Below, you can find more articles about radiation therapy for breast cancer, stories from others who’ve been there, and downloadable resources to support you as you make important decisions about your care.
- Preparing for breast cancer treatment
- Getting a second opinion
- Breast reconstruction decisions
- Questions to ask your doctor
Related news & opinion
- How COVID-19 affects early-stage breast cancer treatment
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- Skin care and scarring after breast cancer surgery and radiation therapy
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Free downloadable resources
Your doctor will talk with you about your medical history, your breast cancer diagnosis and any other illnesses you may have. Then your doctor will explain whether radiation therapy plays a role in your treatment plan.
If you have a mastectomy, you may not need radiation. Your doctor may recommend radiation therapy to reduce the chance of the cancer coming back in your skin or the chest wall or nearby lymph nodes if:
Radiation can be given in different ways. Usually, you will receive it from outside your body by an external beam, but it can also be given from inside the body via a radioactive implant. Radiation isn’t painful. You won’t feel the beam going into your body.
Before you begin radiation therapy, your radiation oncologist plans your treatments. This plan ensures the radiation targets the exact area of the cancer, without causing too much harm to healthy tissues nearby.
To kill cancer cells, radiation treatment must be very precise. Your doctor will give you a CAT or CT scan to find the right places on your body to radiate. This special x-ray takes pictures of the inside of your breast from many different angles.
Your radiation oncologist then uses the pictures to choose where small tattoos, dots of permanent ink about the size of a small freckle, will be placed on your body. The tattoos help make sure the exact same spot is always radiated. Many women say that getting the tattoos feels similar to a pin prick.
Often, your radiation oncologist will ask you to complete a “dry run,” a treatment dress rehearsal. On that day you’ll do everything you would on a normal treatment day except receive the radiation. You may be asked to hold your breath, put your arms over your head or position your head a certain way. This rehearsal allows the radiation oncologist and radiation therapists to get familiar with the treatment plan and make adjustments, if needed. Several days to a week later, you will begin treatment.
How long radiation treatment takes depends on the kind of treatment you receive. Because there are different types of radiation for breast cancer, ask your doctors to explain why they recommend a certain kind for you.
Radiation itself is not painful but it has some side effects. Because it is a local treatment, radiation treatment may not cause as many or as severe side effects as other whole-body therapies. That’s because most side effects are generally limited to the treatment area.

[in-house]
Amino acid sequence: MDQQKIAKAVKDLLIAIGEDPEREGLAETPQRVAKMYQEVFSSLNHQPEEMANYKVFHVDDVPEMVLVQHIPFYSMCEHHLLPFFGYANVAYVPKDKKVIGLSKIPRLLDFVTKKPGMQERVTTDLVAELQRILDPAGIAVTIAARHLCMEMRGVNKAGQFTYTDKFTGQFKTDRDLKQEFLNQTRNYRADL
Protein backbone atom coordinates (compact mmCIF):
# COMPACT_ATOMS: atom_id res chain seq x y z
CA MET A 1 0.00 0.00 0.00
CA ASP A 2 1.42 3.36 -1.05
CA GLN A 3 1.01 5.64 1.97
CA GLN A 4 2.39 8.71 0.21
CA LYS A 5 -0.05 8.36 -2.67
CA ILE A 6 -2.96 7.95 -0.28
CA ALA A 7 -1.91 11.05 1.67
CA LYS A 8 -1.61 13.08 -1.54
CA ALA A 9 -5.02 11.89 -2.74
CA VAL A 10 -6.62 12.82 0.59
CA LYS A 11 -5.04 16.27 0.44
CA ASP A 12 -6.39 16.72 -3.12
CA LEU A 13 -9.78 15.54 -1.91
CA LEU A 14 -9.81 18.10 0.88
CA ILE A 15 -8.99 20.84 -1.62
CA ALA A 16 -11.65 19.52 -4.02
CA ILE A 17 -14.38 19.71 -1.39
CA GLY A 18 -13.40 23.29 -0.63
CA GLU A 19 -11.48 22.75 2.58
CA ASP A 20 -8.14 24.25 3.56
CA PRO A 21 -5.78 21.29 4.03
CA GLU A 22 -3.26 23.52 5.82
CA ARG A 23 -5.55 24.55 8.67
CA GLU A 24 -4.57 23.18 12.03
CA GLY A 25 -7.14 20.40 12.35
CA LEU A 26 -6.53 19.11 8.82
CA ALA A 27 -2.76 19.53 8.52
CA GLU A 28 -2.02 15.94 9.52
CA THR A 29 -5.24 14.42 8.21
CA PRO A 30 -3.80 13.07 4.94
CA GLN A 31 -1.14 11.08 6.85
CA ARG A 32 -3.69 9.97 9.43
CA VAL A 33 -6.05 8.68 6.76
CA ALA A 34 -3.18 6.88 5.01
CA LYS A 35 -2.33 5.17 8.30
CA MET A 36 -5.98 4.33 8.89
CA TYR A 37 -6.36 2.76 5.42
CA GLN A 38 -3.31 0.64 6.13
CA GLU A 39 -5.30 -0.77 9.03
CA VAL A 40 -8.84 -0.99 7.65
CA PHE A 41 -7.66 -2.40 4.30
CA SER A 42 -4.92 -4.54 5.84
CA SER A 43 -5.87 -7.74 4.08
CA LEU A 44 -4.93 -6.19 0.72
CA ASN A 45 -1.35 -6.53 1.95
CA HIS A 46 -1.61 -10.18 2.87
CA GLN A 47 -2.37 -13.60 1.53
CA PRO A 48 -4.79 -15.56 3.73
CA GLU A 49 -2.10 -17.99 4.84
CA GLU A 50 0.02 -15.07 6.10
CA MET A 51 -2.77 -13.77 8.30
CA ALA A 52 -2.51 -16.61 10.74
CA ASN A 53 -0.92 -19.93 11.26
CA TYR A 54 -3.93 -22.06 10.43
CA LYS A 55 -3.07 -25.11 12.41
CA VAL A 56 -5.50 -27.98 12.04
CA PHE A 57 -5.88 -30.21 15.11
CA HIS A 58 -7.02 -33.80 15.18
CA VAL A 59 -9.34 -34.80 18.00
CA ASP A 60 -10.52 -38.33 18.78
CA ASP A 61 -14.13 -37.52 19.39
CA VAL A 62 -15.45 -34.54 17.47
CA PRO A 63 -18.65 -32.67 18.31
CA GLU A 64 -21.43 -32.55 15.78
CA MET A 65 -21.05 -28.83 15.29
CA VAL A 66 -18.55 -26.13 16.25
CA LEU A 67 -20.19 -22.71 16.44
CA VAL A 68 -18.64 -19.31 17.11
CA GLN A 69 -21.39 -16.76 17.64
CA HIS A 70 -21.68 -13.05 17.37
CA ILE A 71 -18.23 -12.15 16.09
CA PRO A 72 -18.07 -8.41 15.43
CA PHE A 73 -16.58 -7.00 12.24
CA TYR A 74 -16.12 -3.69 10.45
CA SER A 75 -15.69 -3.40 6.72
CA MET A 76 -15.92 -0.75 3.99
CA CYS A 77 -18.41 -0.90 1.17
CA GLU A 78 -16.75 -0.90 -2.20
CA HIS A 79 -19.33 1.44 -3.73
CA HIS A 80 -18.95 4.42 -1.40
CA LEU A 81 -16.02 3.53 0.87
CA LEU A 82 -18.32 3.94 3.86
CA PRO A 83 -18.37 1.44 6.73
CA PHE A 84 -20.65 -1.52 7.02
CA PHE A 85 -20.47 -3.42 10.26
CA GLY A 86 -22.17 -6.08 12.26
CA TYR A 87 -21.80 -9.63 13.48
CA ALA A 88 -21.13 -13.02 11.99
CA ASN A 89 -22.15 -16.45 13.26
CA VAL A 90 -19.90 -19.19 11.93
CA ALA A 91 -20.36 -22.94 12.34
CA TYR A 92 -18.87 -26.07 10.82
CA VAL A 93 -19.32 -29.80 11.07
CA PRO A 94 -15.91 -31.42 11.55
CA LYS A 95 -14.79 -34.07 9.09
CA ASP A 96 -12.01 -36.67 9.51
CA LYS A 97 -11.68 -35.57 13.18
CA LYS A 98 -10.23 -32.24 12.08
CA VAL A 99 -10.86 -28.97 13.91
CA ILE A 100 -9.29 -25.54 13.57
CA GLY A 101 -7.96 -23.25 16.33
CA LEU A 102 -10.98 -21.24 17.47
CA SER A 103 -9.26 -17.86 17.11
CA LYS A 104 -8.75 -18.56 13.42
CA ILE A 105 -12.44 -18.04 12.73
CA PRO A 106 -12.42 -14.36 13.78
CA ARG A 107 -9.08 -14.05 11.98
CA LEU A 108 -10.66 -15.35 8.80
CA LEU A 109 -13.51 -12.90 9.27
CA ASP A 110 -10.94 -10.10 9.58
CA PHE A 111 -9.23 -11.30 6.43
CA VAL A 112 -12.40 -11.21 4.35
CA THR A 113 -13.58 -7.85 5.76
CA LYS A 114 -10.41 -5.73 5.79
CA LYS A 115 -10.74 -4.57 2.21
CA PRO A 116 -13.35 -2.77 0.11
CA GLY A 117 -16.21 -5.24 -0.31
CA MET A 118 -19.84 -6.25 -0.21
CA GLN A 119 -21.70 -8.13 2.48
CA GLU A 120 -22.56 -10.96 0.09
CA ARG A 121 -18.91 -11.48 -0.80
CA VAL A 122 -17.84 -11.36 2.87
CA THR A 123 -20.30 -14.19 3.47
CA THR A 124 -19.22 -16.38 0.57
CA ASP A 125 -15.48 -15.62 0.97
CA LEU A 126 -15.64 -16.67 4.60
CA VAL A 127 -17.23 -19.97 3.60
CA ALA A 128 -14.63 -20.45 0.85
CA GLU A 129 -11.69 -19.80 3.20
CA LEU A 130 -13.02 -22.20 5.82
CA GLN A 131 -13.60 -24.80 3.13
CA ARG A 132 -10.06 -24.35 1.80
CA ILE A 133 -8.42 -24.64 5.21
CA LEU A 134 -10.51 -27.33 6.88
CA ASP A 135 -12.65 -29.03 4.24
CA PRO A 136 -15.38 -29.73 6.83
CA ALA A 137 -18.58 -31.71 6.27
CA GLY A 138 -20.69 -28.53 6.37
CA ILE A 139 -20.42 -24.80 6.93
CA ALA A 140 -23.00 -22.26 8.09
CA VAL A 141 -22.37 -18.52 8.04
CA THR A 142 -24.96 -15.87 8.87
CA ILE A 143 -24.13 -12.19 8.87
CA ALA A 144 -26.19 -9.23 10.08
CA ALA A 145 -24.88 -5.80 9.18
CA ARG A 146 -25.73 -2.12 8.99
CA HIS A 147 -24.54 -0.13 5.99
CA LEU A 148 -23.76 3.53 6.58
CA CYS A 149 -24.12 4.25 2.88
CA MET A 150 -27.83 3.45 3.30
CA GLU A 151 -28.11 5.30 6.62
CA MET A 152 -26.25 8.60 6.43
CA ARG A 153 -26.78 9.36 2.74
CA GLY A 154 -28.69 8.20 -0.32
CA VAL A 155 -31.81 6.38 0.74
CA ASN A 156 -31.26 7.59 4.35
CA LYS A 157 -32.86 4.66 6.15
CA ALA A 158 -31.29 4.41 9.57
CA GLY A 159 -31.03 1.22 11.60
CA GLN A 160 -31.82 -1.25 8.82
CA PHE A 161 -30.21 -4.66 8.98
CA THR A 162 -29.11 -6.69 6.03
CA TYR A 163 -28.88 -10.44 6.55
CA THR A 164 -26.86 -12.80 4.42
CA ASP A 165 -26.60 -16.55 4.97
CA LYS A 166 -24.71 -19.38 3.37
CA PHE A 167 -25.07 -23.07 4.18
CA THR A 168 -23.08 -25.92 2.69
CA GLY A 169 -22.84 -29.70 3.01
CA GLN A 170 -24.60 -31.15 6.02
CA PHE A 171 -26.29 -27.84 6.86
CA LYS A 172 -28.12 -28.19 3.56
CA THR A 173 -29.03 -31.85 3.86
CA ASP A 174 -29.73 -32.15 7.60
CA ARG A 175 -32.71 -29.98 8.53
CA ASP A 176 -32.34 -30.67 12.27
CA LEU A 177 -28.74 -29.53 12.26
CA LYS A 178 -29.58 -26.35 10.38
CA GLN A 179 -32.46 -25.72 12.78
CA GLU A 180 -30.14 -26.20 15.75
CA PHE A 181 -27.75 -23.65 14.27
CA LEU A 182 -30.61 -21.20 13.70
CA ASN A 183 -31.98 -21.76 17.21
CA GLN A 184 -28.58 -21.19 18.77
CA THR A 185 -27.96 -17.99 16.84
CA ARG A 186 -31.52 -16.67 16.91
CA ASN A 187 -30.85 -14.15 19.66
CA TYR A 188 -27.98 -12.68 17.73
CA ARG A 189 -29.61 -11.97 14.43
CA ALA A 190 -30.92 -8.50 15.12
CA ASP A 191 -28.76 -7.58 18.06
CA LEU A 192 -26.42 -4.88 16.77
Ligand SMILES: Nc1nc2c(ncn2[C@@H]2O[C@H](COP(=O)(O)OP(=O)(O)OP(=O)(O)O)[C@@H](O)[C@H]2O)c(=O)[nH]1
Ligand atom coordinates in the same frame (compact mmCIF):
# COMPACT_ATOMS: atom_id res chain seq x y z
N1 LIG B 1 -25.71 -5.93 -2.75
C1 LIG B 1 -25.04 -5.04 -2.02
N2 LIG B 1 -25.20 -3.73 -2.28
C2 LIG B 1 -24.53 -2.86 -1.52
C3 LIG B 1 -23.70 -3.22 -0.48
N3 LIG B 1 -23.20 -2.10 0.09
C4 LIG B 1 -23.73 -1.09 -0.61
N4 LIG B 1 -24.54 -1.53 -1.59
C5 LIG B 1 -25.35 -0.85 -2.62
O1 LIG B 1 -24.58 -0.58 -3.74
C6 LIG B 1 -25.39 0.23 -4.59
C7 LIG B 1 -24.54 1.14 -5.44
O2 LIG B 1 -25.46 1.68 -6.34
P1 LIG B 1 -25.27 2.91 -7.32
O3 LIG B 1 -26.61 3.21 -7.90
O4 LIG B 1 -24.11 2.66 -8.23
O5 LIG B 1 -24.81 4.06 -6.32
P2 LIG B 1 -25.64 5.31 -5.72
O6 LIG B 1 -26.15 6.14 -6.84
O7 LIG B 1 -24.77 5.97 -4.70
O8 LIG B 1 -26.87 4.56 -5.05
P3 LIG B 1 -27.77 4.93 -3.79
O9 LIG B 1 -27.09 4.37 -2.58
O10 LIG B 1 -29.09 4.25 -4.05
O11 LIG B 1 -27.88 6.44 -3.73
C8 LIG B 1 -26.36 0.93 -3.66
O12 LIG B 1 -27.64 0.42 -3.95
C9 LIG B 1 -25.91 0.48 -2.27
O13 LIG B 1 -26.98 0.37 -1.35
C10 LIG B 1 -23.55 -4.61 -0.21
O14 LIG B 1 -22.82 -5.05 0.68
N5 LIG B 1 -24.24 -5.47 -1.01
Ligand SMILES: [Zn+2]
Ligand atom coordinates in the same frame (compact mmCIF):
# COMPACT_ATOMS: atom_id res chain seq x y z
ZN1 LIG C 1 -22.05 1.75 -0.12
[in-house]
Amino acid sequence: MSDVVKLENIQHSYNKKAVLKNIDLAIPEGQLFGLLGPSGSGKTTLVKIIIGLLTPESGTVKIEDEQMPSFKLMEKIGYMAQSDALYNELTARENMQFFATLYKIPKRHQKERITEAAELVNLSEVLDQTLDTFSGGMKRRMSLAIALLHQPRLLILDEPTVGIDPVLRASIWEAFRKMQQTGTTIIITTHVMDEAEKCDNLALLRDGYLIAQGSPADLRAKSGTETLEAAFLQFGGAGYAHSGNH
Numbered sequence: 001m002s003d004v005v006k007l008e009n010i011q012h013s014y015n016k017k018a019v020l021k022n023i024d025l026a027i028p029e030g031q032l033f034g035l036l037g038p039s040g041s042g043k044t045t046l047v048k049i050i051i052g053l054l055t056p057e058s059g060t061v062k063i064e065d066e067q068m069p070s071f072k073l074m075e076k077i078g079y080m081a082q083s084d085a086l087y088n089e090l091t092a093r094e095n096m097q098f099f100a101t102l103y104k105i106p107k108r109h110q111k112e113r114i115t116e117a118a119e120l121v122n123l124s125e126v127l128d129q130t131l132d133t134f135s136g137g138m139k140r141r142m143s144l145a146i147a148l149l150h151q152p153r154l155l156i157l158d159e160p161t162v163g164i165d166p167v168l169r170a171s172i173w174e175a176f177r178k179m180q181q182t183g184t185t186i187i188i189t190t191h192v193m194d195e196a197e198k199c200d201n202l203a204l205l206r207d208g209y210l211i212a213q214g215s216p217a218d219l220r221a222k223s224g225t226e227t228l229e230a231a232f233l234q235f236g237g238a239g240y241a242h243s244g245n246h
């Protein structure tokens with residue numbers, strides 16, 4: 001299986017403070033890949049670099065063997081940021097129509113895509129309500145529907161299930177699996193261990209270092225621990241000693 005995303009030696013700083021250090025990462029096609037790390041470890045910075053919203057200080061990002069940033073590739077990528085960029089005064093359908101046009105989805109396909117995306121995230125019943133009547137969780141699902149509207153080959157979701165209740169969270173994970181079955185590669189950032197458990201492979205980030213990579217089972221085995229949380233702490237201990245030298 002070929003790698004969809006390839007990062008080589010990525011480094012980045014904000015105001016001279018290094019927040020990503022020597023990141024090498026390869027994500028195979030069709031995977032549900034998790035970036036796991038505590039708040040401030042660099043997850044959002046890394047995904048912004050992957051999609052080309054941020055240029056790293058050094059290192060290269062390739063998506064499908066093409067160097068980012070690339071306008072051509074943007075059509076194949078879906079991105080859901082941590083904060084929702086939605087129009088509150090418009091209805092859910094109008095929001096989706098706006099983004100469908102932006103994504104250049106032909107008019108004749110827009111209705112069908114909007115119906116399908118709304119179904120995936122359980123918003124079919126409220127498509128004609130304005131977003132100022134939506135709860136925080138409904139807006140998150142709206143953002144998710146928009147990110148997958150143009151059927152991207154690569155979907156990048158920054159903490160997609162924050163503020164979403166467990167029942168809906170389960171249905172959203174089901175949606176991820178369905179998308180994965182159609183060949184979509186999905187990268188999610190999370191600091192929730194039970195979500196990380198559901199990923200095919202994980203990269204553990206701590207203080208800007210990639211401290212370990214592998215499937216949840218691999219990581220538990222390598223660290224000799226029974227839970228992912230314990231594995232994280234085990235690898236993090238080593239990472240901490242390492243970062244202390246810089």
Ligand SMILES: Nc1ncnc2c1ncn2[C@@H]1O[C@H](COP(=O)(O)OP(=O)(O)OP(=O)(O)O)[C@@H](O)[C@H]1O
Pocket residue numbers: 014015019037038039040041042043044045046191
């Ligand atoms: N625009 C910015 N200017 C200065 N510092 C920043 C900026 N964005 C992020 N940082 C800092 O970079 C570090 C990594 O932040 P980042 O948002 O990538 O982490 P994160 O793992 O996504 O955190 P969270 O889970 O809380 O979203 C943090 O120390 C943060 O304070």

FatigueRadiation does not hurt, but sometimes it can make you feel more tired than usual. Radiation treatments and their effects build up in your body over time, so as your treatments go on, your fatigue may increase.
Expect to feel more tired in the last few weeks of treatment. Plan time for naps and resting. Gentle exercise such as walking, keeping a healthy diet and resting when you feel tired can help.
Skin ReactionsThe skin on or near the radiated area may become dry, red, scaly, itchy and sore. Your skin may also burn, peel or blister, like a sunburn. Remember not to pick or scratch, as this can lead to infection and delay treatment.
Your radiation oncologist can help you manage skin reactions by providing skin care tips, prescribing medicines or recommending salves, such as pure aloe. Avoid using products that have alcohol, as it can dry the skin and cause a burning feeling. If possible, wear loose cotton clothes to keep your skin from rubbing too much against your clothes.
Skin side effects often heal several weeks after you finish radiation therapy. Changes to the color of your skin may take longer to heal, but your radiation oncologist will monitor your skin for weeks after you complete treatment.
Other Side EffectsRadiation can increase the risk of lymphedema if the lymph nodes under your arm or around your collarbone are radiated. The risk is higher if lymph nodes were removed from the armpit region and if you are overweight.
Long-term side effects may include swelling of the breast (edema), a hardening or thickening of the breast tissue (fibrosis), the treated area becoming red (telangiectasia) and restricted arm or shoulder movement.
Rare side effects may include:
- Rib fracture
- Heart problems (if treated on the left side)
- Inflammation of the lungs
- Damage of nerves in the chest causing pain, tingling and weakness in the affected hand and arm
- A second cancer, such as sarcoma
Discuss all the benefits and possible side effects of radiation therapy, both short- and long-term, with your doctor. Be sure to also communicate any issues or concerns you have during treatment.